Norway’s SmartPipe brings real-time data optimization to production flows

SmartPipe technology, backed by operators such as Total, Eni, ConocoPhillips and Petrobras, will lower the cost of temporary maintenance shutdowns by triggering better-informed preventative measures, Snorre Lillesand, BD & Commercial Manager at Bredero Shaw, the pipeline coating energy services company, said.

The SmartPipe will cost up to 5% more to install than standard pipes, and this would depend on pipeline length and other site-specific factors, Lillesand told Upstream Intelligence.

The SmartPipe will transfer data in real-time to an operational center, allowing for faster decision-making and preventative measures.

Project development is being led by Norway’s Sintef research institute. Bredero Shaw, a division of energy services firm ShawCor Limited, belongs to a group of major oil operators and suppliers backing the project.

Performance of the pipe will be monitored throughout the lifecycle, and this will lead to production increases and benefits in terms of flow assurance, Ole Øystein Knudsen, Senior Scientist for Sintef’s Materials and Chemistry division, said.

“Considerable savings” will be made both in flow assurance and infrastructure, and it will lower the cost of pipeline corrosion, according to Lillesand.

The economic benefits will depend on factors such as the choice of steel for the pipeline and the properties of the fluid that is being transported through the pipeline, such as the amount of sulfur in the oil, Lillesand said.

The total annual cost of corrosion in the oil and gas production industry is estimated at around $1.4 billion, according to a 2011 report by NACE International, The Worldwide Corrosion Authority.

The annual cost of corrosion in surface pipeline and facilities was estimated at $600 million, with a further $500 million in downhole tubing expenses and $320 million in other capital expenditures, the report said.


ENI, Total and Petrobras are sponsoring the development of the SmartPipe “out of an interest of developing this technology for individual project needs,” Lillesand said.

The SmartPipe can be deployed in all offshore environments and since the project is being developed in Norway, the initial focus has been on North Sea use, he said.

The technology will be particularly effective for “difficult pipelines, where you have deep water, environmentally-sensitive areas, where you need extra attention or where traditional monitoring is not possible or difficult,” according to Sintef’s Knudsen.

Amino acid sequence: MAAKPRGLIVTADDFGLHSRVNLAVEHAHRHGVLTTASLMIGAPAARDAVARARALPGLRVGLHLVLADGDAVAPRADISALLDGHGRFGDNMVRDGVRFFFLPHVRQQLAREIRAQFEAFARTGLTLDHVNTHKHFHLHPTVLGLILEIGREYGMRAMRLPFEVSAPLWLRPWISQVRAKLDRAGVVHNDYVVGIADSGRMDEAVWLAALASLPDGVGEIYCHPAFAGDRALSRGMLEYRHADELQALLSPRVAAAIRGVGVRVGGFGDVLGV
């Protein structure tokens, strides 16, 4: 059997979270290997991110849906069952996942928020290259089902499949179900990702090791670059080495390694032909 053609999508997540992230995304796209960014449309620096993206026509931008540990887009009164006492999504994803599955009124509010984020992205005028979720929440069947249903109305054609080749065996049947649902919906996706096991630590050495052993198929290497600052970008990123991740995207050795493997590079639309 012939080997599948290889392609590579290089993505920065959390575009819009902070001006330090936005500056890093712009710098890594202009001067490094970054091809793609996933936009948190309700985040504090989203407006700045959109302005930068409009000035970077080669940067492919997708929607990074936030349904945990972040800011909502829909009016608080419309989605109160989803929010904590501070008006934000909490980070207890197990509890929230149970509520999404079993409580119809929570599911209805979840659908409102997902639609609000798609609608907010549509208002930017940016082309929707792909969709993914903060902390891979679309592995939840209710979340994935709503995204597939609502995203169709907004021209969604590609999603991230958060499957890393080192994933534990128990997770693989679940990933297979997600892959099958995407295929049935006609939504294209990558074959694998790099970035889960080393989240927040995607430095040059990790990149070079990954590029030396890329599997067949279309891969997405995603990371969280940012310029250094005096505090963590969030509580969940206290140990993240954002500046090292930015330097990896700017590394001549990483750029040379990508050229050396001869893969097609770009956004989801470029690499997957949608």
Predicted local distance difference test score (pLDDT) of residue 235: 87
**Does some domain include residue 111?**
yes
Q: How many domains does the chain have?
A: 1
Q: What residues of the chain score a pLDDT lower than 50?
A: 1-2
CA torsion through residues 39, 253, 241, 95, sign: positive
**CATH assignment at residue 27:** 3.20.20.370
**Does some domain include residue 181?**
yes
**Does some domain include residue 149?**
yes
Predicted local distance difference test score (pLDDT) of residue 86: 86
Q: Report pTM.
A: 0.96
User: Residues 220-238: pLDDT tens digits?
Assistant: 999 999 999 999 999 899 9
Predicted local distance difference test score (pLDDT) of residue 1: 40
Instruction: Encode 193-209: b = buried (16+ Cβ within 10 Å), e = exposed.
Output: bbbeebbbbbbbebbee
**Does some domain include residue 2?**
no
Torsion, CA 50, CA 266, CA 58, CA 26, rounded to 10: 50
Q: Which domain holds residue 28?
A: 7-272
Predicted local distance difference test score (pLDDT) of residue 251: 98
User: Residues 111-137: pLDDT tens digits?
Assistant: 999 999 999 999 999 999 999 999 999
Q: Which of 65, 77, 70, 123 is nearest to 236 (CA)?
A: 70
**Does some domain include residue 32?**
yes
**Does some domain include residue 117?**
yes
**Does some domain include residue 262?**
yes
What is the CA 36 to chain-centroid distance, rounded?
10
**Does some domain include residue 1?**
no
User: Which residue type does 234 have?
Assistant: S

“This of course comes with an additional cost when you are building the pipeline - so I guess that the oil companies will first of all be interested in installing this when they have special needs,” Knudsen added.

The SmartPipe will monitor parameters such as corrosion, drain, vibration, fatigue and flow through the pipeline, Lillesand added. 

Being able to monitor the temperature will also enable the control of waxing and hydrate icing generation within the pipeline, so that inhibitors can be applied based on the underlying properties of the flow of fluids, he said.

New flows

The continuous data flow of the SmartPipe presents a major progression from the ‘pigging’ inspection process, which is usually conducted every two to five years, during a shutdown.

“You will get less information than from pigging, but you will have sufficient information to make decisions about how to operate the pipeline,” Knudsen said.

“For example, if your corrosion inhibitor fails, you will get information about that at an early stage, so that you can take actions to fix the problem before you lose very much of your corrosion allowance,” he said.

Marko Maucec, an independent consultant and former Reservoir Advisor for Halliburton, said similar sensor systems have already been applied to real-time monitoring and management of well and reservoir behavior, but this is the first time they are used for intelligent surveillance and optimization of pipeline performance. Maucec is not involved in the project.